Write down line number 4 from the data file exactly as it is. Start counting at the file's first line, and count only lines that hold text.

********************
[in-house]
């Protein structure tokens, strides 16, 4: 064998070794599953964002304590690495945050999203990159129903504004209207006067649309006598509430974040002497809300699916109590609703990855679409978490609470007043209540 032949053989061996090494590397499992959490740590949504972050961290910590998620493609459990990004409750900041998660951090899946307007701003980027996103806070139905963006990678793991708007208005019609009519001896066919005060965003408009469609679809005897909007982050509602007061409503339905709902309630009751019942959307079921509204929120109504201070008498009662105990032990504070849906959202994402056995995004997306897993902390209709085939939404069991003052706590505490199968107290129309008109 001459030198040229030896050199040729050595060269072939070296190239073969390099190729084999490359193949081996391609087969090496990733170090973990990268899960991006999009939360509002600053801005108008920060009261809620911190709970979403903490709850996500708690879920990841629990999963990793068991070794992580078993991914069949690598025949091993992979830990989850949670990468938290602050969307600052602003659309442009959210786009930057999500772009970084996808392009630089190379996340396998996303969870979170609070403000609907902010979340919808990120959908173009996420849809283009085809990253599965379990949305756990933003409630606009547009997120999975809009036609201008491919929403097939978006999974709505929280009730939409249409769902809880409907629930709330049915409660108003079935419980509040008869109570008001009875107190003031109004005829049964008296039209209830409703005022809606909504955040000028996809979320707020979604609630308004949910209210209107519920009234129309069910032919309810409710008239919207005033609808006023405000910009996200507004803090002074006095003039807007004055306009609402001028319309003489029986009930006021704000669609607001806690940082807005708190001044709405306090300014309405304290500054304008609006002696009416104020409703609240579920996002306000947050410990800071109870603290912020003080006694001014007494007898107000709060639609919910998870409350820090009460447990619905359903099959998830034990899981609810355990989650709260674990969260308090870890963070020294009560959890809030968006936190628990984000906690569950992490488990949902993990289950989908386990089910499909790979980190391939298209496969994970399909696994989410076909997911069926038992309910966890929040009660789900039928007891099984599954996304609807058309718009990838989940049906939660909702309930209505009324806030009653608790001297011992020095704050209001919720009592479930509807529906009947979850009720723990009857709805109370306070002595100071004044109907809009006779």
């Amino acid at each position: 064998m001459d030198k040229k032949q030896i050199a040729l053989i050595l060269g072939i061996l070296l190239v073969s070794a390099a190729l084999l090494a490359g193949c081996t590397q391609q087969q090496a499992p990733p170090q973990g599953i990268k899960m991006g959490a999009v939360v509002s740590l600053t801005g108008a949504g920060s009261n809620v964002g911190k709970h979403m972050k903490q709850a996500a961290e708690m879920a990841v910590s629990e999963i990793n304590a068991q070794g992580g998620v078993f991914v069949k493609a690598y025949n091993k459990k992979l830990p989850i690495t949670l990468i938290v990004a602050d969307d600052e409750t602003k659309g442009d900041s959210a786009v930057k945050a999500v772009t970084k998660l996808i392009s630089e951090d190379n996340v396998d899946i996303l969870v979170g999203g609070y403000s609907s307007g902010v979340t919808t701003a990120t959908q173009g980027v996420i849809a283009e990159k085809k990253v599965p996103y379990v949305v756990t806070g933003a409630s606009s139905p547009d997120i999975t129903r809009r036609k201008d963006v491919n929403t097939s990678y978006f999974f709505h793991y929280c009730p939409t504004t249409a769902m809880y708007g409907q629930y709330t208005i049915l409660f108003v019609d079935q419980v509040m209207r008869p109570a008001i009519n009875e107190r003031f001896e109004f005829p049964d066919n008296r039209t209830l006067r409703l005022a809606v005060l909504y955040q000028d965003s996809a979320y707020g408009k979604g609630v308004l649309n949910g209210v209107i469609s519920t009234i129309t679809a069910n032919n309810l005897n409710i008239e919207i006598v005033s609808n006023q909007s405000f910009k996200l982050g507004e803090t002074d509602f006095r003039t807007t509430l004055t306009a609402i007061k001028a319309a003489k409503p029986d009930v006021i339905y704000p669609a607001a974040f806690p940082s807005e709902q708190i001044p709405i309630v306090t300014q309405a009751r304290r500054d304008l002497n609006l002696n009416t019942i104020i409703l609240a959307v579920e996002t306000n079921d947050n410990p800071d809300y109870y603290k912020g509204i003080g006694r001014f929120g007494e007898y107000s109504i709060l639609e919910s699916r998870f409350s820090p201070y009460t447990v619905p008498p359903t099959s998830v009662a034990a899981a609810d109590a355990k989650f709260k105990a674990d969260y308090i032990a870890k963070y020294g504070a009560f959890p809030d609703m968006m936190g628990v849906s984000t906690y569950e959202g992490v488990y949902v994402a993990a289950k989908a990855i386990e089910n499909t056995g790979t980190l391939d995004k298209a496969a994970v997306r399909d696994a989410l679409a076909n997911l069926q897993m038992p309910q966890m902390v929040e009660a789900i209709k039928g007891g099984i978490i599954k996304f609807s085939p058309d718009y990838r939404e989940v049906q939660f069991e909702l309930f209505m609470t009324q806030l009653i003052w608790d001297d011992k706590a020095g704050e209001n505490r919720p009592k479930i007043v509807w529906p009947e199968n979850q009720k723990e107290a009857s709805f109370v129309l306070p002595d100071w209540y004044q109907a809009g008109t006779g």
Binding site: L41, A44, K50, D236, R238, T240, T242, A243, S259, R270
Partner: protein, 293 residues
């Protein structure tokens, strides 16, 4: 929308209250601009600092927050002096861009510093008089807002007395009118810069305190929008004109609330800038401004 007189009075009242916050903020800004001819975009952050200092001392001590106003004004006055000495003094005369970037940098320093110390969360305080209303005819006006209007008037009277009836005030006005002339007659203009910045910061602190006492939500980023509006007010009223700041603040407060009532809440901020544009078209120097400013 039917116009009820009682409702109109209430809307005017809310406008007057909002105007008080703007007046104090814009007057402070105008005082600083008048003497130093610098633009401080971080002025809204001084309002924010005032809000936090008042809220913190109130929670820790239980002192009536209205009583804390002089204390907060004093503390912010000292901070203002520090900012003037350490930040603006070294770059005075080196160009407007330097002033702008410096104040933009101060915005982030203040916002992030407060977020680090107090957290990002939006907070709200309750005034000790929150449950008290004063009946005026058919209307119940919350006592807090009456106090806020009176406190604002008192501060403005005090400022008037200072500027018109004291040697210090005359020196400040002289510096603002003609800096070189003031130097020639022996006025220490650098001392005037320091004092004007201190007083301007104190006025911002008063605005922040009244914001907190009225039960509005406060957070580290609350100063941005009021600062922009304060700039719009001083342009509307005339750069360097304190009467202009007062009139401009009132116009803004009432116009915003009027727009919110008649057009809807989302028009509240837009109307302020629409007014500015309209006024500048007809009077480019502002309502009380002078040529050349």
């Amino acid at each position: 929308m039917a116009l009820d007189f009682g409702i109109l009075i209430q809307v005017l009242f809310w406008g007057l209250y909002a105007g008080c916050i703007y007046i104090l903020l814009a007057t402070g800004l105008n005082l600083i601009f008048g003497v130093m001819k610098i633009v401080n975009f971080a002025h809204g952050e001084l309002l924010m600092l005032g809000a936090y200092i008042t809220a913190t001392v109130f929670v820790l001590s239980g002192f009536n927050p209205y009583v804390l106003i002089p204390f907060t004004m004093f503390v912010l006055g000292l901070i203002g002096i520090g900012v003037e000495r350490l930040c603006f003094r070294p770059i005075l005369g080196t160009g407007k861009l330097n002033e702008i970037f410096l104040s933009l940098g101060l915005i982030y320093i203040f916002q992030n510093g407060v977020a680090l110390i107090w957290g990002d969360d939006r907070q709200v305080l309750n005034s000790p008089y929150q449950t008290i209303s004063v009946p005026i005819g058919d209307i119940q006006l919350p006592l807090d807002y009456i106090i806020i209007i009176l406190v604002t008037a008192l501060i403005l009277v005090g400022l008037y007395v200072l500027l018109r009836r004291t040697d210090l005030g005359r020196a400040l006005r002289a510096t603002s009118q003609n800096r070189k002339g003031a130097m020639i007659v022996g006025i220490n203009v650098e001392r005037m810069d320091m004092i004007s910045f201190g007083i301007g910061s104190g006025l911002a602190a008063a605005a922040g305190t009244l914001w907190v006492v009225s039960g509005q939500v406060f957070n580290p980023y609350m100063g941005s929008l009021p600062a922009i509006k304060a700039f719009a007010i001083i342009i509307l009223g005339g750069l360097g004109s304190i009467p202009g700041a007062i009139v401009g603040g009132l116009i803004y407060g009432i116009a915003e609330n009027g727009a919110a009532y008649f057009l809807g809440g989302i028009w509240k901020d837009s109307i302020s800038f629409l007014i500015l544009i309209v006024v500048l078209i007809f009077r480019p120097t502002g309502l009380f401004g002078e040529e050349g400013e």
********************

Binding site: L41, A44, K50, D236, R238, T240, T242, A243, S259, R270